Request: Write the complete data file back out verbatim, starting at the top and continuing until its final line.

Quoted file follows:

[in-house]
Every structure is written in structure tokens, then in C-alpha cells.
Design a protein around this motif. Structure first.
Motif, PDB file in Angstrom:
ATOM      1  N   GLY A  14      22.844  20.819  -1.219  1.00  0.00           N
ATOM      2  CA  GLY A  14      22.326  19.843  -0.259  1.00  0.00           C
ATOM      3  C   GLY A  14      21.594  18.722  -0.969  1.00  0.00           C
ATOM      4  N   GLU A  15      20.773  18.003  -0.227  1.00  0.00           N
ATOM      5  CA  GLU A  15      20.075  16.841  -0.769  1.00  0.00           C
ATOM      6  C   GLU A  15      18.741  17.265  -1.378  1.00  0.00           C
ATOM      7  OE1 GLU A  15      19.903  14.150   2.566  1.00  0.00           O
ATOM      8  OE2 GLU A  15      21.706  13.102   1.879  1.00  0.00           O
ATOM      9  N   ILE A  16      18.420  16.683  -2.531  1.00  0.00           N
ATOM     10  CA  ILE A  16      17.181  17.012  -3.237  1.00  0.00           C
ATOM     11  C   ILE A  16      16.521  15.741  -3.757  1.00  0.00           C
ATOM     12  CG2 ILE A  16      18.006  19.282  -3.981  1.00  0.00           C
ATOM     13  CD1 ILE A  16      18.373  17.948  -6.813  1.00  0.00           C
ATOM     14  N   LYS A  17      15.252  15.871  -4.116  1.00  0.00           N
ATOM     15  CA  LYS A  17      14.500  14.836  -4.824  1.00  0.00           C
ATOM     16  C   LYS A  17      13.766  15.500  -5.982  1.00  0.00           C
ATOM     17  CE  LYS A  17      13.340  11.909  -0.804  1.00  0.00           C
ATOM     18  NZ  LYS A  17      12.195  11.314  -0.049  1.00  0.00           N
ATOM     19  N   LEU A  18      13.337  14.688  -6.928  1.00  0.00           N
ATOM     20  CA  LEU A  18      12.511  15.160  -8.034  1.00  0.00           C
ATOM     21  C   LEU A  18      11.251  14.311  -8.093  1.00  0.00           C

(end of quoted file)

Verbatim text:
[in-house]
Every structure is written in structure tokens, then in C-alpha cells.
Design a protein around this motif. Structure first.
Motif, PDB file in Angstrom:
ATOM      1  N   GLY A  14      22.844  20.819  -1.219  1.00  0.00           N
ATOM      2  CA  GLY A  14      22.326  19.843  -0.259  1.00  0.00           C
ATOM      3  C   GLY A  14      21.594  18.722  -0.969  1.00  0.00           C
ATOM      4  N   GLU A  15      20.773  18.003  -0.227  1.00  0.00           N
ATOM      5  CA  GLU A  15      20.075  16.841  -0.769  1.00  0.00           C
ATOM      6  C   GLU A  15      18.741  17.265  -1.378  1.00  0.00           C
ATOM      7  OE1 GLU A  15      19.903  14.150   2.566  1.00  0.00           O
ATOM      8  OE2 GLU A  15      21.706  13.102   1.879  1.00  0.00           O
ATOM      9  N   ILE A  16      18.420  16.683  -2.531  1.00  0.00           N
ATOM     10  CA  ILE A  16      17.181  17.012  -3.237  1.00  0.00           C
ATOM     11  C   ILE A  16      16.521  15.741  -3.757  1.00  0.00           C
ATOM     12  CG2 ILE A  16      18.006  19.282  -3.981  1.00  0.00           C
ATOM     13  CD1 ILE A  16      18.373  17.948  -6.813  1.00  0.00           C
ATOM     14  N   LYS A  17      15.252  15.871  -4.116  1.00  0.00           N
ATOM     15  CA  LYS A  17      14.500  14.836  -4.824  1.00  0.00           C
ATOM     16  C   LYS A  17      13.766  15.500  -5.982  1.00  0.00           C
ATOM     17  CE  LYS A  17      13.340  11.909  -0.804  1.00  0.00           C
ATOM     18  NZ  LYS A  17      12.195  11.314  -0.049  1.00  0.00           N
ATOM     19  N   LEU A  18      13.337  14.688  -6.928  1.00  0.00           N
ATOM     20  CA  LEU A  18      12.511  15.160  -8.034  1.00  0.00           C
ATOM     21  C   LEU A  18      11.251  14.311  -8.093  1.00  0.00           C